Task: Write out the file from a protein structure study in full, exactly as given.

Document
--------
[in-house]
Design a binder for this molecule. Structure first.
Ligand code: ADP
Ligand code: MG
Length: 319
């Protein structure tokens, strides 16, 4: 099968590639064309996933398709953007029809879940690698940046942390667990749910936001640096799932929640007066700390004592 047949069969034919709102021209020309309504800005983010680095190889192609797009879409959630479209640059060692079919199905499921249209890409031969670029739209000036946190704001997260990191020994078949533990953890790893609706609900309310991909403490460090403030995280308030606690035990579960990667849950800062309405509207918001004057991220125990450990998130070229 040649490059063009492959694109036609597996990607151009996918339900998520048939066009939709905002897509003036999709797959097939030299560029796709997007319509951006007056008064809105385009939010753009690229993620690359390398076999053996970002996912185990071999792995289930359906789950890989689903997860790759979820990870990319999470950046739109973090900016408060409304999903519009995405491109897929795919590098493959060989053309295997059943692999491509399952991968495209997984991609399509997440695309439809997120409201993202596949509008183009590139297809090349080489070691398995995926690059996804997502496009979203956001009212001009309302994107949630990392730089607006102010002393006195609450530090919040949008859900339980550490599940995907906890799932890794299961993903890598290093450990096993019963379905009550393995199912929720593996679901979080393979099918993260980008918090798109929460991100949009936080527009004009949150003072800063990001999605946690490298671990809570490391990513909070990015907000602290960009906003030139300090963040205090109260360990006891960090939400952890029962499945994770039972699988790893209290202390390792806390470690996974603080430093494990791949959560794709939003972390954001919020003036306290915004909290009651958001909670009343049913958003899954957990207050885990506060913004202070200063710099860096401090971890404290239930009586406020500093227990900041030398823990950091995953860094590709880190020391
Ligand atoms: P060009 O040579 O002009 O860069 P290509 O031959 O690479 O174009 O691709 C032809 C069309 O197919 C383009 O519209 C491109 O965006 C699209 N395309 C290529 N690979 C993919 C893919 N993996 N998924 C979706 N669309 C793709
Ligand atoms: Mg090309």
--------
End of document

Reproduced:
[in-house]
Design a binder for this molecule. Structure first.
Ligand code: ADP
Ligand code: MG
Length: 319
């Protein structure tokens, strides 16, 4: 099968590639064309996933398709953007029809879940690698940046942390667990749910936001640096799932929640007066700390004592 047949069969034919709102021209020309309504800005983010680095190889192609797009879409959630479209640059060692079919199905499921249209890409031969670029739209000036946190704001997260990191020994078949533990953890790893609706609900309310991909403490460090403030995280308030606690035990579960990667849950800062309405509207918001004057991220125990450990998130070229 040649490059063009492959694109036609597996990607151009996918339900998520048939066009939709905002897509003036999709797959097939030299560029796709997007319509951006007056008064809105385009939010753009690229993620690359390398076999053996970002996912185990071999792995289930359906789950890989689903997860790759979820990870990319999470950046739109973090900016408060409304999903519009995405491109897929795919590098493959060989053309295997059943692999491509399952991968495209997984991609399509997440695309439809997120409201993202596949509008183009590139297809090349080489070691398995995926690059996804997502496009979203956001009212001009309302994107949630990392730089607006102010002393006195609450530090919040949008859900339980550490599940995907906890799932890794299961993903890598290093450990096993019963379905009550393995199912929720593996679901979080393979099918993260980008918090798109929460991100949009936080527009004009949150003072800063990001999605946690490298671990809570490391990513909070990015907000602290960009906003030139300090963040205090109260360990006891960090939400952890029962499945994770039972699988790893209290202390390792806390470690996974603080430093494990791949959560794709939003972390954001919020003036306290915004909290009651958001909670009343049913958003899954957990207050885990506060913004202070200063710099860096401090971890404290239930009586406020500093227990900041030398823990950091995953860094590709880190020391
Ligand atoms: P060009 O040579 O002009 O860069 P290509 O031959 O690479 O174009 O691709 C032809 C069309 O197919 C383009 O519209 C491109 O965006 C699209 N395309 C290529 N690979 C993919 C893919 N993996 N998924 C979706 N669309 C793709
Ligand atoms: Mg090309």